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the Complete Review
the complete review - fiction



Arne Dahl

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To purchase Misterioso

Title: Misterioso
Author: Arne Dahl
Genre: Novel
Written: 1999 (Eng. 2011)
Length: 340 pages
Original in: Swedish
Availability: Misterioso - US
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  • Swedish title: Misterioso
  • Translated by Tiina Nunnally

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Our Assessment:

B- : decent start and decent writing, but meanders far too long

See our review for fuller assessment.

Review Summaries
Source Rating Date Reviewer
Publishers Weekly . 23/5/2011 .

  From the Reviews:
  • "Plot, though, is not Dahl's strong suit. A less than compelling story line, full of Stockholm street names, leaves the reader floundering in clueless murders for too long, burdened with extended lists of possibilities that don't pan out and a lot of talk about corporations and their board members" - Publishers Weekly

Please note that these ratings solely represent the complete review's biased interpretation and subjective opinion of the actual reviews and do not claim to accurately reflect or represent the views of the reviewers. Similarly the illustrative quotes chosen here are merely those the complete review subjectively believes represent the tenor and judgment of the review as a whole. We acknowledge (and remind and warn you) that they may, in fact, be entirely unrepresentative of the actual reviews by any other measure.

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The complete review's Review:

       Misterioso is the first novel in Arne Dahl's 'Intercrime'-series, and introduces the A-Unit, a new, small police task force that is assigned important but complex cases in Sweden. (This comes in the wake of the completely bungled Olof Palme assassination investigation, which still hangs over the police more than a decade later, when this 1999 book is set.) It's not quite Jussi Adler-Olsen's 'Department Q' (see, for example, Mercy (US title: The Keeper of Lost Causes)), but it's a decent idea: bring together a diverse group of Swedish crime fighters in a group the works outside the usual police force and give them some unusual cases to handle.
       The group is quite an eclectic collection, and includes an idealistic former lawyer, an oversize former bodybuilder, and the obligatory exotic representative, Jorge Chavez, but the central figure is the everyman figure of Paul Hjelm. He's married, with two kids -- and, naturally, over the course of the novel he and the wife split up (conveniently putting the wife off-stage, so that Dahl doesn't have to concern himself too much with the domestic angle). Naturally, too, another A-Unit member is the attractive Kerstin Holm, whom Hjelm finds himself attracted to .....
       Someone is going around killing some very prominent Swedish industrialists -- with the first three victims: "each in charge of a group of enterprises that border on but don't quite constitute a genuine financial empire." The killings are neat, and very professional -- practically hit-man professional --, with two (unusual) bullets through the head ..... And so the A-Unit is on the case, looking for connections among the victims that might explain the motive behind these killings and lead them to whoever might be behind them. The connections are few and fairly tenuous, but include a golf club membership and, for the first victims, membership in a splinter-off faction of a Freemason-like secret organization called the Order of Mimir. Then there's the post-Soviet mafia connection, and some apparent links to Estonia.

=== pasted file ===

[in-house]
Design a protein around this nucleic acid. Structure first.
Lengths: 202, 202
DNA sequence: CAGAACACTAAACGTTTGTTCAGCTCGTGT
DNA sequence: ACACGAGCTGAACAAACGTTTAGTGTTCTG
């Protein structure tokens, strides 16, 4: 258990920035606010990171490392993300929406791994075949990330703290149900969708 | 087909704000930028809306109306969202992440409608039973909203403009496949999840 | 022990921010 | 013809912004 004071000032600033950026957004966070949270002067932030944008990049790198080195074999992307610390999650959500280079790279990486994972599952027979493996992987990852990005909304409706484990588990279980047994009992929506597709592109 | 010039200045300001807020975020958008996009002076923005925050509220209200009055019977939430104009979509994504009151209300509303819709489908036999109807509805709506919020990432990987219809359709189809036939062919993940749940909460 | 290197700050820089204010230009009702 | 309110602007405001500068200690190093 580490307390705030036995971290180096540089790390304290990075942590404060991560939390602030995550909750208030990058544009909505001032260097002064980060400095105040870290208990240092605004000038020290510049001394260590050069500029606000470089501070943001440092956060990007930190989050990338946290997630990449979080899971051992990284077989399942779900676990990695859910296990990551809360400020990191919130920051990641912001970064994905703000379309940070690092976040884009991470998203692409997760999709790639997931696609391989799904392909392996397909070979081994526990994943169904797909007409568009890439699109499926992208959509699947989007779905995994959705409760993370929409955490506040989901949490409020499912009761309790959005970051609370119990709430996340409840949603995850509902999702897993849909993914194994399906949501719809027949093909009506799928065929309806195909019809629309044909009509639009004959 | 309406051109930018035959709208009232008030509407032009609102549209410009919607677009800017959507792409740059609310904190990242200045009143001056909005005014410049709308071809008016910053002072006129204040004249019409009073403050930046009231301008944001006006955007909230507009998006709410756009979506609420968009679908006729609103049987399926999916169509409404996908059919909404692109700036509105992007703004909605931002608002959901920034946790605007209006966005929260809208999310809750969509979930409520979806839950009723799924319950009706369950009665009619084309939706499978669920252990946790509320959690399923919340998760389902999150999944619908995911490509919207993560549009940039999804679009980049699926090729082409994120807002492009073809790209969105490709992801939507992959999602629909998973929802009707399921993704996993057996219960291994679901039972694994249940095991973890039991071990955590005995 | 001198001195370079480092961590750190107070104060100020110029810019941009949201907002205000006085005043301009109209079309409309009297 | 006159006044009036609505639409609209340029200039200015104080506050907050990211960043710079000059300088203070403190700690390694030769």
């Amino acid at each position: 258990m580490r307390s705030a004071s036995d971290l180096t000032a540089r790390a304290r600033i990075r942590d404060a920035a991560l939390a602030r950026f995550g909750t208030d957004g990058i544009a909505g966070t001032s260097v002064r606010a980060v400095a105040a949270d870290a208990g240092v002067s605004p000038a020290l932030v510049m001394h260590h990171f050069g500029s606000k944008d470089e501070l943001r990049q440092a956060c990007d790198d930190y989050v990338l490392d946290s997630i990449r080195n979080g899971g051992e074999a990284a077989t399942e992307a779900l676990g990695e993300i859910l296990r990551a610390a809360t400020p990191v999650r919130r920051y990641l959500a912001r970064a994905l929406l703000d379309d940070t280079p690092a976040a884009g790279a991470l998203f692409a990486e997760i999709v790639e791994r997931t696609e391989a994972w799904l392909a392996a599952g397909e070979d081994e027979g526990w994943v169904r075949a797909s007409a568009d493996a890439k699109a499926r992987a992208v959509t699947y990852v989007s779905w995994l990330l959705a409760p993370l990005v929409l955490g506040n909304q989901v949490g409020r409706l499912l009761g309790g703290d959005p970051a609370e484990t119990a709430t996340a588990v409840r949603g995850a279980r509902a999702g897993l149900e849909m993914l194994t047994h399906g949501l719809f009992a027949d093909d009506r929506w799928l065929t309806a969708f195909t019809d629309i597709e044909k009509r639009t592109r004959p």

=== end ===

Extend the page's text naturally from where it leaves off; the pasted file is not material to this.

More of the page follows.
Dahl starts out strong but then lets his investigations meander too far and wide. Perhaps realistically, initial theories don't pan out, but there's simply too much here, and Dahl can't keep it compelling; by the time he crucifies (pretty literally) one of his characters most of the tension has long since leaked out. Typically, too, the explanation of the title only comes well, well into the book -- and it feels, like so much here, a bit forced, especially in its details.
       The basic idea of who -- and why -- done it isn't too bad, but it doesn't feel very plausible, especially in the details Dahl layers on it. Indeed, the novel suffers greatly from just having too much of everything: A-Unit is too big, there are too many competing theories and false leads (golf ! secret societies ! Estonian liquor smugglers ! Somali immigrants !), and it all goes on just too long.
       Dahl's scenes aren't too bad: he writes quite well, and if the book as a whole feels overstuffed, most of the individual scenes are just fine. Quite possibly he got the hang of things eventually: the 'Intercrime'-series has been a great success, and maybe later volumes show a surer hand, but here he's flailing much too much around (and this is also much too obviously set up as the first volume in a series, rather than a book that can stand on its own merits). For once, there's a reason why the English-language publishers took over a decade to offer this in translation. (Jussi Adler-Olsen, meanwhile, obviously took some lessons from this series -- and then went on to show Dahl how it's done; the first 'Department Q' novel is leagues better than this. But maybe Dahl did get the hang of things .....)

- M.A.Orthofer, 14 September 2011

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Misterioso: Reviews: Arne Dahl: Other books of interest under review:

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About the Author:

       Swedish author Arne Dahl (actually: Jan Arnald) was born in 1963.

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© 2011 the complete review

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